The federal income tax filing deadline has been extended to July 15. Taxpayers also have until July 15 to make any federal income tax payments that were originally due on April 15, without penalties and interest, regardless of the amount they owe. This extension applies to all taxpayers.
There’s no need to file any additional forms to qualify for this automatic federal tax filing and payment relief. Taxpayers expecting a refund should file electronically. Many taxpayers used Free File last year. The benefits of filing electronically include:
Tax Day now July 15, 2020: The Treasury and the IRS extend filing deadline and federal tax payments regardless of amount owed without penalties and interest, till July 15, 2020.
Yes there is a good news to taxpayers while we’re all going through a national emergency because of the breakthrough of COVID 19. Due to the prevailing situation the federal agencies has extended the due date from April 15 to July 15. Taxpayers can also defer federal income tax payments due on April 15, 2020, to July 15, 2020, without penalties and interest, regardless of the amount owed. This deferment applies to all taxpayers, including individuals, trusts and estates, corporations and other non-corporate tax filers as well as those who pay self-employment tax. Extension of time will help you all to work with your tax return and file it well within the due date.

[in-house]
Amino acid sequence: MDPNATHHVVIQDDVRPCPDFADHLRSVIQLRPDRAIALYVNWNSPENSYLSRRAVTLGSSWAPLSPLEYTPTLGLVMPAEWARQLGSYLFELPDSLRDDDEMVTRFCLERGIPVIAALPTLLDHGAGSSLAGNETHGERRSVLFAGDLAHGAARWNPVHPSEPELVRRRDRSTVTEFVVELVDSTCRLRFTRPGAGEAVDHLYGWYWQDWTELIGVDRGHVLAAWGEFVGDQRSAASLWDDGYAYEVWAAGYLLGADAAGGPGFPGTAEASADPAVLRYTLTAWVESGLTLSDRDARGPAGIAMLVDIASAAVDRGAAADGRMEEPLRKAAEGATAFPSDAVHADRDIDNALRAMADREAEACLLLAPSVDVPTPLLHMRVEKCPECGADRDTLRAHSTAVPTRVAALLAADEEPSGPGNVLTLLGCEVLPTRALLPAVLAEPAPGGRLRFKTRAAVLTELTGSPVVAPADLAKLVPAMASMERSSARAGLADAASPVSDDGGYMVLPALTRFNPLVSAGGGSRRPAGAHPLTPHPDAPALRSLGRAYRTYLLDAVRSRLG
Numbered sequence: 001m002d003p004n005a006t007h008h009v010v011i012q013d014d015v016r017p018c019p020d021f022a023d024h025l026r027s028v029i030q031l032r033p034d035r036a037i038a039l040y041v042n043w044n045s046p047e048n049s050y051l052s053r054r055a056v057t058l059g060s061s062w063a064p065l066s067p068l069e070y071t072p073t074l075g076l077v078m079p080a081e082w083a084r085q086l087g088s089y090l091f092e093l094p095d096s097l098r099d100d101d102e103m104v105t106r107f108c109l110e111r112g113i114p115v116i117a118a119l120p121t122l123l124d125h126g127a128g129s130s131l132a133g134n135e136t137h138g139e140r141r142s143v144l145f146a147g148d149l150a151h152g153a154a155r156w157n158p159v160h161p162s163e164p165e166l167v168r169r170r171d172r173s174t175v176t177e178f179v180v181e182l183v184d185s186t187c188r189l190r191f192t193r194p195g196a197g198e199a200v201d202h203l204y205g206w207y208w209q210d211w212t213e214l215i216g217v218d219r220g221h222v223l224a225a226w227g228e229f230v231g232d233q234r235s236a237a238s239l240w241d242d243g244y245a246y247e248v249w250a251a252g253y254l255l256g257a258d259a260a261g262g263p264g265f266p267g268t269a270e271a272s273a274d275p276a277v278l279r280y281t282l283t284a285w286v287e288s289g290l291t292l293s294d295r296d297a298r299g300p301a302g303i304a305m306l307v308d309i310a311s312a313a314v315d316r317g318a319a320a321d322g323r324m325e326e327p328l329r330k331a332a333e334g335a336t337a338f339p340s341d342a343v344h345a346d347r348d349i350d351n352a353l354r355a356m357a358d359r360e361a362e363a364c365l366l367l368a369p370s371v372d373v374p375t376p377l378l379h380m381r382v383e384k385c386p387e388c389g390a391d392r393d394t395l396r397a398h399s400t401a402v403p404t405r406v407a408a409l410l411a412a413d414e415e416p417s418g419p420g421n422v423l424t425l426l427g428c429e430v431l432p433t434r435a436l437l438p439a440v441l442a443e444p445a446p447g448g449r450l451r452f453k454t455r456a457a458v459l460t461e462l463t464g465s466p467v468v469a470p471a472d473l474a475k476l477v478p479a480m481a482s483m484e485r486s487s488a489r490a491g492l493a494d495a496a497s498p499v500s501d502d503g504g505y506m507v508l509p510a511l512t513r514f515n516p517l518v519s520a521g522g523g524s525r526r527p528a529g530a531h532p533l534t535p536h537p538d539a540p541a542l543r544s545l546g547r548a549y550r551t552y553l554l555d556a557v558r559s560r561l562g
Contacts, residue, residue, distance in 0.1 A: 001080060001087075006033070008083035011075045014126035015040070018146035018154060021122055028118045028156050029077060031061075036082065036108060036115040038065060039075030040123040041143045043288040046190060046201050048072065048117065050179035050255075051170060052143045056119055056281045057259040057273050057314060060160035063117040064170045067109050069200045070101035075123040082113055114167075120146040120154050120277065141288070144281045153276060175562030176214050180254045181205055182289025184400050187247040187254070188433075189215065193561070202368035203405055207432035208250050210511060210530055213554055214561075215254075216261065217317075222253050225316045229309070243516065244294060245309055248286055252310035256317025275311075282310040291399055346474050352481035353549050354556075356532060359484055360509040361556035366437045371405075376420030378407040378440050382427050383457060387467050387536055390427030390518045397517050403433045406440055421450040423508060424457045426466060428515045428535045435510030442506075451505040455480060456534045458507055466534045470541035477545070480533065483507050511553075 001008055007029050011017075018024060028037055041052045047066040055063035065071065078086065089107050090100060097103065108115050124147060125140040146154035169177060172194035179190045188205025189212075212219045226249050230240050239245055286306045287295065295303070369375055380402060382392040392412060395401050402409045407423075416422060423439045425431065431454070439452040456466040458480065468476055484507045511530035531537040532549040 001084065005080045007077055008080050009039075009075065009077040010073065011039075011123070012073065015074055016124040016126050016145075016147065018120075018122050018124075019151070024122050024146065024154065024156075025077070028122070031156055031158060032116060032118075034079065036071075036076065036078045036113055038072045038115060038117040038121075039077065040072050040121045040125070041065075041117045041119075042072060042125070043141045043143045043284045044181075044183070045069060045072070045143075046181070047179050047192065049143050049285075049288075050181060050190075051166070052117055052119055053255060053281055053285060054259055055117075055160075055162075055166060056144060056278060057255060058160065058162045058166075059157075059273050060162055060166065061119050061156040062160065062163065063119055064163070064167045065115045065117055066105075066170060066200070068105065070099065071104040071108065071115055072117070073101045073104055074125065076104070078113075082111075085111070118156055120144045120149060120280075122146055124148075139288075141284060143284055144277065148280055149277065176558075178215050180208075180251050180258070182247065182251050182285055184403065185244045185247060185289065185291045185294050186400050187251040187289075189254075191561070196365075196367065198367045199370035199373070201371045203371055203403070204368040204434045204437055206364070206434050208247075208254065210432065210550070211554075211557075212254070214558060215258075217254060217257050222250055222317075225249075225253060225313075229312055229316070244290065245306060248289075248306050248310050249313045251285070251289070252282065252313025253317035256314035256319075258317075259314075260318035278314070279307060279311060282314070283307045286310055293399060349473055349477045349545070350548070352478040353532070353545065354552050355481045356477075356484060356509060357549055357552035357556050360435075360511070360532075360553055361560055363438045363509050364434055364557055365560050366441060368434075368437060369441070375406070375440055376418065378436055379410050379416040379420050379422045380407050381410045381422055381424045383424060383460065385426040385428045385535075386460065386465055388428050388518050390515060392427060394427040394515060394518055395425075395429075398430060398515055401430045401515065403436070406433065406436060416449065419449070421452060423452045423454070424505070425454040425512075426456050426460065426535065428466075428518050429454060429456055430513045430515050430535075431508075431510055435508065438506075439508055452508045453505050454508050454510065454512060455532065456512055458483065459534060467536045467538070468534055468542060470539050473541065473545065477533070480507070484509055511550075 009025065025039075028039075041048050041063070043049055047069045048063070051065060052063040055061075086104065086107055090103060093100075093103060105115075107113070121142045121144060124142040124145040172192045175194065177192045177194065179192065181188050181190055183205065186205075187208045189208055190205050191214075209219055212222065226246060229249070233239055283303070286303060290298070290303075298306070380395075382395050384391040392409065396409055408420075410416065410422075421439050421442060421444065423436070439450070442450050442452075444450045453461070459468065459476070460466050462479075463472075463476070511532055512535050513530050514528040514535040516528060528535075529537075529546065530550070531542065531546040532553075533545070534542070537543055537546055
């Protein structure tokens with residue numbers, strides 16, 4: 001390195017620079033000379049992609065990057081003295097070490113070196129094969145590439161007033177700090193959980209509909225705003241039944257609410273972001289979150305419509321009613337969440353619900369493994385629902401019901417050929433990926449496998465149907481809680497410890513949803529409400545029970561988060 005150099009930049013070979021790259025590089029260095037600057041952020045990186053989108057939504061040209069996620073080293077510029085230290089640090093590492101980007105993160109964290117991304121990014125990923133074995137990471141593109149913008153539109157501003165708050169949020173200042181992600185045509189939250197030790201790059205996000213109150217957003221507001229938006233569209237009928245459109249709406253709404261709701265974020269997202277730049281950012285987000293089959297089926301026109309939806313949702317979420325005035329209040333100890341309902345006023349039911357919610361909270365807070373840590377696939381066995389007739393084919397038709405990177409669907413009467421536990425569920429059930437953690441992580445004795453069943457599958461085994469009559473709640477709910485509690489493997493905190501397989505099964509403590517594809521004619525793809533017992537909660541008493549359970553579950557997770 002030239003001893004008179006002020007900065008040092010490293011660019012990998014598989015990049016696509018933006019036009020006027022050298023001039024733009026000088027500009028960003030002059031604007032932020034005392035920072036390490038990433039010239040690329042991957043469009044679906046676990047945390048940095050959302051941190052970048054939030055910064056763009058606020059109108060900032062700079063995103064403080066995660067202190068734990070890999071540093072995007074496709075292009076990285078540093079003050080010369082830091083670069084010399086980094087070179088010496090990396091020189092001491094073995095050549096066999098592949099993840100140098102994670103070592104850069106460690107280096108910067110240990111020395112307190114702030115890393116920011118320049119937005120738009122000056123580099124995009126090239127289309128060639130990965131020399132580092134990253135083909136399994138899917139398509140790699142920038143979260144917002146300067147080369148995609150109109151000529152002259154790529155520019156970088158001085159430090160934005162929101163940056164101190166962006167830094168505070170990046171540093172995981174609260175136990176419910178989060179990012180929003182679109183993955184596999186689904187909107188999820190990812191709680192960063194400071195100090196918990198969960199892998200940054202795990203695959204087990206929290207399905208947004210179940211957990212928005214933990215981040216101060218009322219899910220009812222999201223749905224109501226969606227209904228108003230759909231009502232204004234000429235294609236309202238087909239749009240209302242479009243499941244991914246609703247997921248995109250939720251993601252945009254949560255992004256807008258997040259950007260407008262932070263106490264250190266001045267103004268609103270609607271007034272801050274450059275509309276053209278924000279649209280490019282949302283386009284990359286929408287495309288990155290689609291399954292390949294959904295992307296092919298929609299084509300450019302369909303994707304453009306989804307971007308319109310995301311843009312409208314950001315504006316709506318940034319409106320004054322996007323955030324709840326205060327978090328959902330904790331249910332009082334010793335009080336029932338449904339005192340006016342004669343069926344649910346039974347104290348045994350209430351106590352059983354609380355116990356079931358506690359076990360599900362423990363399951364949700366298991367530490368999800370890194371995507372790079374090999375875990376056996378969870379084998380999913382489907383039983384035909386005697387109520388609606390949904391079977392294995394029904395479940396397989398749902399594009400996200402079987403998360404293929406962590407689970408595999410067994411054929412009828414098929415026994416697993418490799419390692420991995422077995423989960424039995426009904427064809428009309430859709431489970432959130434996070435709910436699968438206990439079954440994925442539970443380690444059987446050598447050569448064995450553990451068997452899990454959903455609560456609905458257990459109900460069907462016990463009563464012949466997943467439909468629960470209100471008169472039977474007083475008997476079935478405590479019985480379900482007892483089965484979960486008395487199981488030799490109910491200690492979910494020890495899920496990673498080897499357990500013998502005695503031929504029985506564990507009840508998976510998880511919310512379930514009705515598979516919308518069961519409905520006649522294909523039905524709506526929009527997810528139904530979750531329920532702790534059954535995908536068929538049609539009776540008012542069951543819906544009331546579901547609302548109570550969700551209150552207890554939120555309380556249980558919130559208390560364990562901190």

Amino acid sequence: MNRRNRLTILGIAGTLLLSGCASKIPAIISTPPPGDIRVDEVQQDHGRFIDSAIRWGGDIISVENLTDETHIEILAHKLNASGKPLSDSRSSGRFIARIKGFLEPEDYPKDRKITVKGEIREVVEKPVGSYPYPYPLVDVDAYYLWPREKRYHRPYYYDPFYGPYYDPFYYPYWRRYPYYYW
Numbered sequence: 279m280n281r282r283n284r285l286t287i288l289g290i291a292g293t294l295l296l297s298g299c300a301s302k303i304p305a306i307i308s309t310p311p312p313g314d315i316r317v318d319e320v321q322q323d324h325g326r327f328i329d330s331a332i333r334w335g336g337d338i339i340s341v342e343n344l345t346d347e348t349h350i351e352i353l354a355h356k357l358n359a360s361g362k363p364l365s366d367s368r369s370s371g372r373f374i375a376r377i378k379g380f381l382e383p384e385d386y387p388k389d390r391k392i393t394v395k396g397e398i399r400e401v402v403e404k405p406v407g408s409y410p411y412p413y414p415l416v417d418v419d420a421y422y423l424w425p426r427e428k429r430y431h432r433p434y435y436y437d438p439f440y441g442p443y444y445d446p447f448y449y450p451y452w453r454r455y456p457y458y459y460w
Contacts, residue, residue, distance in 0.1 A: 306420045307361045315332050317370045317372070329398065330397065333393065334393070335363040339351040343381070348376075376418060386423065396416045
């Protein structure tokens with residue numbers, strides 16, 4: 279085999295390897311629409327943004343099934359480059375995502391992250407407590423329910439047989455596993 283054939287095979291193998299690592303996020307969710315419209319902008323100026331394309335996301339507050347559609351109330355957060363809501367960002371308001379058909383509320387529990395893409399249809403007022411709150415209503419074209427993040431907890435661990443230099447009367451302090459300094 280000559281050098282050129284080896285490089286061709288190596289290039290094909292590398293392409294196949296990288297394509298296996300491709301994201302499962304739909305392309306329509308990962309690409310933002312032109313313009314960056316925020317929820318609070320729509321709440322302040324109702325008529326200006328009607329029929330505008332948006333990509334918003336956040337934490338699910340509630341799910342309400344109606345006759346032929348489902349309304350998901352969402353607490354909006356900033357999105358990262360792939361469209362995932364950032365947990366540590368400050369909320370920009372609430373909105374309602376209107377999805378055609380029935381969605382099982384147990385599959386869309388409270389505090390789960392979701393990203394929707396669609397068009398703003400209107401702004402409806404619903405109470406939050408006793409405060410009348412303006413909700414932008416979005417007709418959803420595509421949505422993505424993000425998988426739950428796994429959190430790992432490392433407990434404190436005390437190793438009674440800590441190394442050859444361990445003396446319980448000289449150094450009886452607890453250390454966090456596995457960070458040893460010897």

Taxpayers do not need to file any additional forms or call the IRS to qualify for this automatic federal tax filing and payment relief. Individual taxpayers who need additional time to file beyond the July 15 deadline, can request a filing extension by filing Form 4868 through their tax professional, tax software or using the Free File link on IRS.gov. Businesses who need additional time must file Form 7004.